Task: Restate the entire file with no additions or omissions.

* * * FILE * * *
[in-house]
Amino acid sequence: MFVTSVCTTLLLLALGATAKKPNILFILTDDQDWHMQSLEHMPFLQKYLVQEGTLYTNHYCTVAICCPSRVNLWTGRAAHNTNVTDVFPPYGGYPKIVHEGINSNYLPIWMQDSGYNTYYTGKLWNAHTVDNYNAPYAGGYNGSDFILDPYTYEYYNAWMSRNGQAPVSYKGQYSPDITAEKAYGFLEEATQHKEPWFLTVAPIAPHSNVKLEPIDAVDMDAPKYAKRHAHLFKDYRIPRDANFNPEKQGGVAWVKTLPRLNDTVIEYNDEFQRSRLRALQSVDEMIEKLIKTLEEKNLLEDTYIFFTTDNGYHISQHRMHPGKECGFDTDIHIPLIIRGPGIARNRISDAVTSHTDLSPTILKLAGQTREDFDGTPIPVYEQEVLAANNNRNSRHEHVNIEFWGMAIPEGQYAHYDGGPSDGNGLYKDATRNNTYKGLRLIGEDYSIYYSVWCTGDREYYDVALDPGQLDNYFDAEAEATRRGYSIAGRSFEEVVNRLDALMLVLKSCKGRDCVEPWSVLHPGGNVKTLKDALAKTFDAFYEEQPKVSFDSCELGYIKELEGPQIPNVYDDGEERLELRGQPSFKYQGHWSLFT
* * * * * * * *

[in-house]
Amino acid sequence: MFVTSVCTTLLLLALGATAKKPNILFILTDDQDWHMQSLEHMPFLQKYLVQEGTLYTNHYCTVAICCPSRVNLWTGRAAHNTNVTDVFPPYGGYPKIVHEGINSNYLPIWMQDSGYNTYYTGKLWNAHTVDNYNAPYAGGYNGSDFILDPYTYEYYNAWMSRNGQAPVSYKGQYSPDITAEKAYGFLEEATQHKEPWFLTVAPIAPHSNVKLEPIDAVDMDAPKYAKRHAHLFKDYRIPRDANFNPEKQGGVAWVKTLPRLNDTVIEYNDEFQRSRLRALQSVDEMIEKLIKTLEEKNLLEDTYIFFTTDNGYHISQHRMHPGKECGFDTDIHIPLIIRGPGIARNRISDAVTSHTDLSPTILKLAGQTREDFDGTPIPVYEQEVLAANNNRNSRHEHVNIEFWGMAIPEGQYAHYDGGPSDGNGLYKDATRNNTYKGLRLIGEDYSIYYSVWCTGDREYYDVALDPGQLDNYFDAEAEATRRGYSIAGRSFEEVVNRLDALMLVLKSCKGRDCVEPWSVLHPGGNVKTLKDALAKTFDAFYEEQPKVSFDSCELGYIKELEGPQIPNVYDDGEERLELRGQPSFKYQGHWSLFT